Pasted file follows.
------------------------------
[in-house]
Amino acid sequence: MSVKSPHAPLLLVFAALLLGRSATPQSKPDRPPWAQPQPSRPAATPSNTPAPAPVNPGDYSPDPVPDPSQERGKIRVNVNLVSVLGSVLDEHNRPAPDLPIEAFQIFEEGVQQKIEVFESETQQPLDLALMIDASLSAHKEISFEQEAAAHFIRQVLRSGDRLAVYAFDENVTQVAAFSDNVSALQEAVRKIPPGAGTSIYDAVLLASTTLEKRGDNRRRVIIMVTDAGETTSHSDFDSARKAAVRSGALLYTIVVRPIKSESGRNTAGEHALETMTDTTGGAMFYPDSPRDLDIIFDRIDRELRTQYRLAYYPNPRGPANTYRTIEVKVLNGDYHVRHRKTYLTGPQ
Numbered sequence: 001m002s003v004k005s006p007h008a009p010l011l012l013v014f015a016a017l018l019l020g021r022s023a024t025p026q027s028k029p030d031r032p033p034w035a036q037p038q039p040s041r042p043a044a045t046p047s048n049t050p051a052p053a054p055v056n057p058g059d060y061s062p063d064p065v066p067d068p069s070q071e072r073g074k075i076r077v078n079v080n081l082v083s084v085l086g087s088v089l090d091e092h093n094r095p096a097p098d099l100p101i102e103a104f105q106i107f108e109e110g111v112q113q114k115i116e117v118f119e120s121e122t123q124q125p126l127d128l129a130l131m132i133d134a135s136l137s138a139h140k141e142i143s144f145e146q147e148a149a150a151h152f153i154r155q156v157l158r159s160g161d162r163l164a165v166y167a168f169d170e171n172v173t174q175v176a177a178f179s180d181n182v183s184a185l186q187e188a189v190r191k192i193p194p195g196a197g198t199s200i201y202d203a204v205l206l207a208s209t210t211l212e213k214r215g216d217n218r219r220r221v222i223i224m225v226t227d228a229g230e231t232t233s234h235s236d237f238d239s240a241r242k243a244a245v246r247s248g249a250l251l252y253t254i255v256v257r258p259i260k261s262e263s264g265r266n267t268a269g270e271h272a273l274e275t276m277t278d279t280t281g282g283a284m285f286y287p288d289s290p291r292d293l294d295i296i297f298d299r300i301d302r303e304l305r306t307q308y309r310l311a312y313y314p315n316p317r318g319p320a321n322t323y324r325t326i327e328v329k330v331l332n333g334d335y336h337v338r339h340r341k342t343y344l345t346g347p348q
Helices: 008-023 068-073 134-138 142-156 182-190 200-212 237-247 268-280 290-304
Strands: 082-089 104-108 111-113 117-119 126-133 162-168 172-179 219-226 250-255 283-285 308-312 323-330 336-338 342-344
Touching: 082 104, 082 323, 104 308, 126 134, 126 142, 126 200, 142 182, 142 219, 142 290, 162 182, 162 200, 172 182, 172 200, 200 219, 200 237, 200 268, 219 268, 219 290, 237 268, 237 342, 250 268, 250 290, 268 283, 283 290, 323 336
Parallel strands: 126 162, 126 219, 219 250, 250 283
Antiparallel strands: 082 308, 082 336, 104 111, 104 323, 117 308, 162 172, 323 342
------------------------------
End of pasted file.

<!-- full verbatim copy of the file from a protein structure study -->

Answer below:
[in-house]
Amino acid sequence: MSVKSPHAPLLLVFAALLLGRSATPQSKPDRPPWAQPQPSRPAATPSNTPAPAPVNPGDYSPDPVPDPSQERGKIRVNVNLVSVLGSVLDEHNRPAPDLPIEAFQIFEEGVQQKIEVFESETQQPLDLALMIDASLSAHKEISFEQEAAAHFIRQVLRSGDRLAVYAFDENVTQVAAFSDNVSALQEAVRKIPPGAGTSIYDAVLLASTTLEKRGDNRRRVIIMVTDAGETTSHSDFDSARKAAVRSGALLYTIVVRPIKSESGRNTAGEHALETMTDTTGGAMFYPDSPRDLDIIFDRIDRELRTQYRLAYYPNPRGPANTYRTIEVKVLNGDYHVRHRKTYLTGPQ
Numbered sequence: 001m002s003v004k005s006p007h008a009p010l011l012l013v014f015a016a017l018l019l020g021r022s023a024t025p026q027s028k029p030d031r032p033p034w035a036q037p038q039p040s041r042p043a044a045t046p047s048n049t050p051a052p053a054p055v056n057p058g059d060y061s062p063d064p065v066p067d068p069s070q071e072r073g074k075i076r077v078n079v080n081l082v083s084v085l086g087s088v089l090d091e092h093n094r095p096a097p098d099l100p101i102e103a104f105q106i107f108e109e110g111v112q113q114k115i116e117v118f119e120s121e122t123q124q125p126l127d128l129a130l131m132i133d134a135s136l137s138a139h140k141e142i143s144f145e146q147e148a149a150a151h152f153i154r155q156v157l158r159s160g161d162r163l164a165v166y167a168f169d170e171n172v173t174q175v176a177a178f179s180d181n182v183s184a185l186q187e188a189v190r191k192i193p194p195g196a197g198t199s200i201y202d203a204v205l206l207a208s209t210t211l212e213k214r215g216d217n218r219r220r221v222i223i224m225v226t227d228a229g230e231t232t233s234h235s236d237f238d239s240a241r242k243a244a245v246r247s248g249a250l251l252y253t254i255v256v257r258p259i260k261s262e263s264g265r266n267t268a269g270e271h272a273l274e275t276m277t278d279t280t281g282g283a284m285f286y287p288d289s290p291r292d293l294d295i296i297f298d299r300i301d302r303e304l305r306t307q308y309r310l311a312y313y314p315n316p317r318g319p320a321n322t323y324r325t326i327e328v329k330v331l332n333g334d335y336h337v338r339h340r341k342t343y344l345t346g347p348q
Helices: 008-023 068-073 134-138 142-156 182-190 200-212 237-247 268-280 290-304
Strands: 082-089 104-108 111-113 117-119 126-133 162-168 172-179 219-226 250-255 283-285 308-312 323-330 336-338 342-344
Touching: 082 104, 082 323, 104 308, 126 134, 126 142, 126 200, 142 182, 142 219, 142 290, 162 182, 162 200, 172 182, 172 200, 200 219, 200 237, 200 268, 219 268, 219 290, 237 268, 237 342, 250 268, 250 290, 268 283, 283 290, 323 336
Parallel strands: 126 162, 126 219, 219 250, 250 283
Antiparallel strands: 082 308, 082 336, 104 111, 104 323, 117 308, 162 172, 323 342